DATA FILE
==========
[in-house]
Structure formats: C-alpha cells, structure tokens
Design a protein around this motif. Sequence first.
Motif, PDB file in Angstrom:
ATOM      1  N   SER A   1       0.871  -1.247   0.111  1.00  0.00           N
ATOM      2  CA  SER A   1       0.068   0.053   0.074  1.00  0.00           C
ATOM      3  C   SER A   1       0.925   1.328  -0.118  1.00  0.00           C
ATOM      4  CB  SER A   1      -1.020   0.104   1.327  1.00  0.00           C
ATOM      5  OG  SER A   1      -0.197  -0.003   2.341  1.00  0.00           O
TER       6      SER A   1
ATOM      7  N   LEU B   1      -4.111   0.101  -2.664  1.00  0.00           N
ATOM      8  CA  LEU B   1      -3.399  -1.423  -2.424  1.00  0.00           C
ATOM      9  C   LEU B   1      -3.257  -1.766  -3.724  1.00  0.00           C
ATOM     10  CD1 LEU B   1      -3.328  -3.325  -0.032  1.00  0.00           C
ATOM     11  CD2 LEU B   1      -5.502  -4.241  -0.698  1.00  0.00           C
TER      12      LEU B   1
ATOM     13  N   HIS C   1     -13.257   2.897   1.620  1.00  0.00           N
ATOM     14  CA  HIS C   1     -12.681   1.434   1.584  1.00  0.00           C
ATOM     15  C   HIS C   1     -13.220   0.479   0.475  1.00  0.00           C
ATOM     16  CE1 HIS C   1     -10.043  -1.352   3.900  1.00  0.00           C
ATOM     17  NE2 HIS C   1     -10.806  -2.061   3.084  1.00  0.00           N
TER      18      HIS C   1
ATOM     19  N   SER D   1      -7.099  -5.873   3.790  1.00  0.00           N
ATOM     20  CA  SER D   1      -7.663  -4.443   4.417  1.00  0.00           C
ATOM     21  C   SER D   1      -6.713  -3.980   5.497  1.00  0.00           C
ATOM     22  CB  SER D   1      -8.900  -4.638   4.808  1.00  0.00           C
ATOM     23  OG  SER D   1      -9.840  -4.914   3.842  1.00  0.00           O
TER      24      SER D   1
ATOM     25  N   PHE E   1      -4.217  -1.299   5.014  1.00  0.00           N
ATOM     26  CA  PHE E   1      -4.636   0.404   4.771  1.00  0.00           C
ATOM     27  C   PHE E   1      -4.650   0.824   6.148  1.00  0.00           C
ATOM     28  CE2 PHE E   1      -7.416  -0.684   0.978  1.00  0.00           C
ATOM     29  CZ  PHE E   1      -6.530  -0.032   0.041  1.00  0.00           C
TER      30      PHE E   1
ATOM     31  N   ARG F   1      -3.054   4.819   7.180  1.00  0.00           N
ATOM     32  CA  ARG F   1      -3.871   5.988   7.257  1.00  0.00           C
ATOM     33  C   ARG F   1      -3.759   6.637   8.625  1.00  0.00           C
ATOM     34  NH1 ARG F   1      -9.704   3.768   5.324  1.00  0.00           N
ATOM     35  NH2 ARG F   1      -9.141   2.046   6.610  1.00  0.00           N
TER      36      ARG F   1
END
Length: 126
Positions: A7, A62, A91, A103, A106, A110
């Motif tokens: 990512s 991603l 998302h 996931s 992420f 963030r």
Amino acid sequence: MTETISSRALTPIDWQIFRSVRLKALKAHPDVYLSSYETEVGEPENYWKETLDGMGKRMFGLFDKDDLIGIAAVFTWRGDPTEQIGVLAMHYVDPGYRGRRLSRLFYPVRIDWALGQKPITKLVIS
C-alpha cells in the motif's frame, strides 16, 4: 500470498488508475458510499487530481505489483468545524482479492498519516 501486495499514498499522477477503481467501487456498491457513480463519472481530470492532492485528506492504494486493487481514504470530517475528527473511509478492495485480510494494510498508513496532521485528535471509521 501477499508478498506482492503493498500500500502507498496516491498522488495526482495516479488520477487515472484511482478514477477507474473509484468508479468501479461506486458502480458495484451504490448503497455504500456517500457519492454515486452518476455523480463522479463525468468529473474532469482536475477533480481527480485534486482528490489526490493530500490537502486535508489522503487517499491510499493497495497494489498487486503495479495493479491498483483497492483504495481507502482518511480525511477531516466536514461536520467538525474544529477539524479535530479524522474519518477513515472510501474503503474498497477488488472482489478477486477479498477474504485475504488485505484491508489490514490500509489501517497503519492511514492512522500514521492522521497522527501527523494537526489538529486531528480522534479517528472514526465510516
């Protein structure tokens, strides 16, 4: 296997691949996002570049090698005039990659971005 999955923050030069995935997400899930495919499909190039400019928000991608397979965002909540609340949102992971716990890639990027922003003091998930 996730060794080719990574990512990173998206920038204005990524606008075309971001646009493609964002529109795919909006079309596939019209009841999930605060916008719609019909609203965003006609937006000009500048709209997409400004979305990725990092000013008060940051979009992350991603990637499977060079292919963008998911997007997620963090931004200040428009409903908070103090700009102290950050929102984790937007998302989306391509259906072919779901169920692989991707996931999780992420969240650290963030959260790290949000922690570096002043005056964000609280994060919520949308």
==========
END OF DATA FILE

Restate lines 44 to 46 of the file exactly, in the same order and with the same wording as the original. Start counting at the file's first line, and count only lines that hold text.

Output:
């Motif tokens: 990512s 991603l 998302h 996931s 992420f 963030r």
Amino acid sequence: MTETISSRALTPIDWQIFRSVRLKALKAHPDVYLSSYETEVGEPENYWKETLDGMGKRMFGLFDKDDLIGIAAVFTWRGDPTEQIGVLAMHYVDPGYRGRRLSRLFYPVRIDWALGQKPITKLVIS
C-alpha cells in the motif's frame, strides 16, 4: 500470498488508475458510499487530481505489483468545524482479492498519516 501486495499514498499522477477503481467501487456498491457513480463519472481530470492532492485528506492504494486493487481514504470530517475528527473511509478492495485480510494494510498508513496532521485528535471509521 501477499508478498506482492503493498500500500502507498496516491498522488495526482495516479488520477487515472484511482478514477477507474473509484468508479468501479461506486458502480458495484451504490448503497455504500456517500457519492454515486452518476455523480463522479463525468468529473474532469482536475477533480481527480485534486482528490489526490493530500490537502486535508489522503487517499491510499493497495497494489498487486503495479495493479491498483483497492483504495481507502482518511480525511477531516466536514461536520467538525474544529477539524479535530479524522474519518477513515472510501474503503474498497477488488472482489478477486477479498477474504485475504488485505484491508489490514490500509489501517497503519492511514492512522500514521492522521497522527501527523494537526489538529486531528480522534479517528472514526465510516